Could a submarine deal sink Netanyahu’s premiership?

Throughout his time in office, Prime Minister Benjamin Netanyahu has been engulfed in allegations of apparent acts of corruption

Yossi Mekelberg

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Throughout his time in office, Prime Minister Benjamin Netanyahu has been engulfed in allegations of apparent acts of corruption and impropriety. His wife Sara’s erratic behaviour toward her staff working in the prime ministerial residence gained notoriety in the press and has already ended in employment tribunals, which she lost. This week, a new scandal hit the country as the attorney general ordered the opening of a preliminary investigation into the involvement of David Shimron - one of Netanyahu’s closest confidants, his private lawyer, and a relative - in a controversial deal to buy submarines and missile boats from the German company ThyssenKrupp Marine Systems. ThyssenKrupp was represented by Shimron’s client. These revelations are perturbing, even if there was no legal breech committed. The fact that a multi-million dollar arms deal, which the prime minister may have had an influence on, and which might potentially benefit someone in his very close circle makes one wary. Pocketing a commission on vessels that cost more than $300 million each is obviously very attractive, and the alleged involvement of one of the closest people to the prime minister is bad governance.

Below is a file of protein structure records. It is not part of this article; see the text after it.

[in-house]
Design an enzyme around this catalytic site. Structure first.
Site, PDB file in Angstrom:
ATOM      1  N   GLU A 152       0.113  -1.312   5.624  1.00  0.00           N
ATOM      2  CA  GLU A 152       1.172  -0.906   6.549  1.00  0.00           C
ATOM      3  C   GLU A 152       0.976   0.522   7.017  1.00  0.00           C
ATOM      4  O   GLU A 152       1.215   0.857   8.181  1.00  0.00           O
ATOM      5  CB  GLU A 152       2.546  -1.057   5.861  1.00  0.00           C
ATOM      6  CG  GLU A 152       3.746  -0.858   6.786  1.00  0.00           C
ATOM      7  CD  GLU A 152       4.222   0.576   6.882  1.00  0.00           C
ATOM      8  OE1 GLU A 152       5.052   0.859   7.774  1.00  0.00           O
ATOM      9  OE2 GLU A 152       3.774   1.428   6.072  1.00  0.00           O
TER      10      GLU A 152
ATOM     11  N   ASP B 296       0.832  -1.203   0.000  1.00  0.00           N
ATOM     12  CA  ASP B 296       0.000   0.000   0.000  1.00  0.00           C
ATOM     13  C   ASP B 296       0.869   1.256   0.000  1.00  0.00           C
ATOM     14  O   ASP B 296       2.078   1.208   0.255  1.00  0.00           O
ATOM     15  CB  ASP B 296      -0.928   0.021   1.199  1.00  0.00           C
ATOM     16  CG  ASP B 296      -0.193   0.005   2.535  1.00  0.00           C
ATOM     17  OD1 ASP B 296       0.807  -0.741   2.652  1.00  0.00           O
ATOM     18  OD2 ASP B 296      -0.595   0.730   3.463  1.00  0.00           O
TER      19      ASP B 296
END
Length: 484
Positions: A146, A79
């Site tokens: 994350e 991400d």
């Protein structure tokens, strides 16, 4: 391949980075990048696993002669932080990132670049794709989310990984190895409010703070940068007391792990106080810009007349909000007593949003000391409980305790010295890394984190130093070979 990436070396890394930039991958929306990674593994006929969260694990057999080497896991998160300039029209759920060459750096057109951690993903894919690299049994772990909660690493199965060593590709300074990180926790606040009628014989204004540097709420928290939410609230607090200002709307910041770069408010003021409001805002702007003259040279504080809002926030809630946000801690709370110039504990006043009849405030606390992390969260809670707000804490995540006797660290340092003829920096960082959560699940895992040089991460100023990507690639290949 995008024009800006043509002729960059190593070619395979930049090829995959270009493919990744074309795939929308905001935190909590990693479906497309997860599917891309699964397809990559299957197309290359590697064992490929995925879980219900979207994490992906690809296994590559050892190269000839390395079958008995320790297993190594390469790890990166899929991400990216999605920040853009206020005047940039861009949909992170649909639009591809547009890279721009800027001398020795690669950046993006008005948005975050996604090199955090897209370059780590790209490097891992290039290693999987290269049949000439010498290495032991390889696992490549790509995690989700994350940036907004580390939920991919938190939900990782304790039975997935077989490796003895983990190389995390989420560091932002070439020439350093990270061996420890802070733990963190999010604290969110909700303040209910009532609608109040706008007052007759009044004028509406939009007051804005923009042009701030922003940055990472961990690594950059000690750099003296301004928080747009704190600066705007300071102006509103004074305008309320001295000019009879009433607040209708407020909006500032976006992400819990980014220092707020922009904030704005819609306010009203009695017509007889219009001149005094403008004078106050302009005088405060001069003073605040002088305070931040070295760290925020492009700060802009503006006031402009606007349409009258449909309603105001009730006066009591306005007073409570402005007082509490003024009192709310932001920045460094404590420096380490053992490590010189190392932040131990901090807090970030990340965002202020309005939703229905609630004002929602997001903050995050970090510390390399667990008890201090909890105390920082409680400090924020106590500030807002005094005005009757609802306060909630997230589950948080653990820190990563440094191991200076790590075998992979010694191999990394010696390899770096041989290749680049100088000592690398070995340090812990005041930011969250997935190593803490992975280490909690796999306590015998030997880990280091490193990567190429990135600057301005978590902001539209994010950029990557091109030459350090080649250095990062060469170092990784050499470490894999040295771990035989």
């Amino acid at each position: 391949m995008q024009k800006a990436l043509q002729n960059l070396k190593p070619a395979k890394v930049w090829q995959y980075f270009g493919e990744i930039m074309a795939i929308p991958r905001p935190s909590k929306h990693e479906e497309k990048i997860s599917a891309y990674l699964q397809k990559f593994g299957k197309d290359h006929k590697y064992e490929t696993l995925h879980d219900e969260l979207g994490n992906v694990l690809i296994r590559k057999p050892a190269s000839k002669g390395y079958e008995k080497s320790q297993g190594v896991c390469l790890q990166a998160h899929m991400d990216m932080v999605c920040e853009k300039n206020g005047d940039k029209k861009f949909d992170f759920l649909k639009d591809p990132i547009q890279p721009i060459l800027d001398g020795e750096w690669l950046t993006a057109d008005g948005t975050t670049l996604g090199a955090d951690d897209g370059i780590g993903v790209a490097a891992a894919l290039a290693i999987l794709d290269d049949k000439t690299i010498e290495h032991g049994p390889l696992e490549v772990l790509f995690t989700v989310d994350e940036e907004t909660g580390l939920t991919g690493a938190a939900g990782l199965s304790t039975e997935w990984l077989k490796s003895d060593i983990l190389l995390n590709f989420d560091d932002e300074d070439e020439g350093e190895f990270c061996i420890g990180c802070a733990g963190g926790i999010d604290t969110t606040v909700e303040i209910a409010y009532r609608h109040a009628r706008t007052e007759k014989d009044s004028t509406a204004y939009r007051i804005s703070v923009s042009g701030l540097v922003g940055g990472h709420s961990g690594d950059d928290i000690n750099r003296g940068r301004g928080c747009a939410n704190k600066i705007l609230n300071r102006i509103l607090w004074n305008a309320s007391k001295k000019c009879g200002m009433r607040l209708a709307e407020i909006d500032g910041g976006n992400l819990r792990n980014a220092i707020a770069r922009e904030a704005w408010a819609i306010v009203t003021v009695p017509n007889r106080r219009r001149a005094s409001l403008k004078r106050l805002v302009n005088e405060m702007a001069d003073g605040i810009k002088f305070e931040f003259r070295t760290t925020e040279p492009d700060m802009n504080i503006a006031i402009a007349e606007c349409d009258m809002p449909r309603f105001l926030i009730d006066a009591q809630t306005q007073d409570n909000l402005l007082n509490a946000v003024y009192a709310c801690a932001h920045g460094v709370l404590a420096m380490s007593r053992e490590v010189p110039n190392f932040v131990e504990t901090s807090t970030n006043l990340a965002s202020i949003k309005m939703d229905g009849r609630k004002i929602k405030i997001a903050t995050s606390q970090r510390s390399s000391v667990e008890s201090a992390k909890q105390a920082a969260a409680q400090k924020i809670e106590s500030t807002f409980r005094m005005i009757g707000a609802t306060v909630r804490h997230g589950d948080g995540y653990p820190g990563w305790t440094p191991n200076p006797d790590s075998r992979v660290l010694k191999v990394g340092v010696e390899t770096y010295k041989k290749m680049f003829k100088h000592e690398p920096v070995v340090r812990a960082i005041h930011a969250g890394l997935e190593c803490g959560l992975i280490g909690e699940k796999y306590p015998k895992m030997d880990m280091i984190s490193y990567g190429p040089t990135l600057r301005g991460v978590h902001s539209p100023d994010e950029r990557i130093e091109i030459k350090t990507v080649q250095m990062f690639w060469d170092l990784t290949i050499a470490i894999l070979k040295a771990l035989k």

Maybe it is out of naiveté that by now anyone would be at all surprised by the Netanyahu’s’ behavior. For years the Netanyahu couple have treated the country as if they own it, and as if its people should accept any caprice they throw at them. Whether this specific investigation finds evidence of illegality or not, there is still the disturbing, well documented, close and unhealthy relations between the corridors of political power and the business world in Israel. In the past the State Comptroller was highly critical of expensive flights allegedly paid for the Netanyahu family by foreign businessmen.

After 10 years in power, seven of them consecutive since 2009, the government of Netanyahu is like a ship, or a submarine, without a captain

Yossi Mekelberg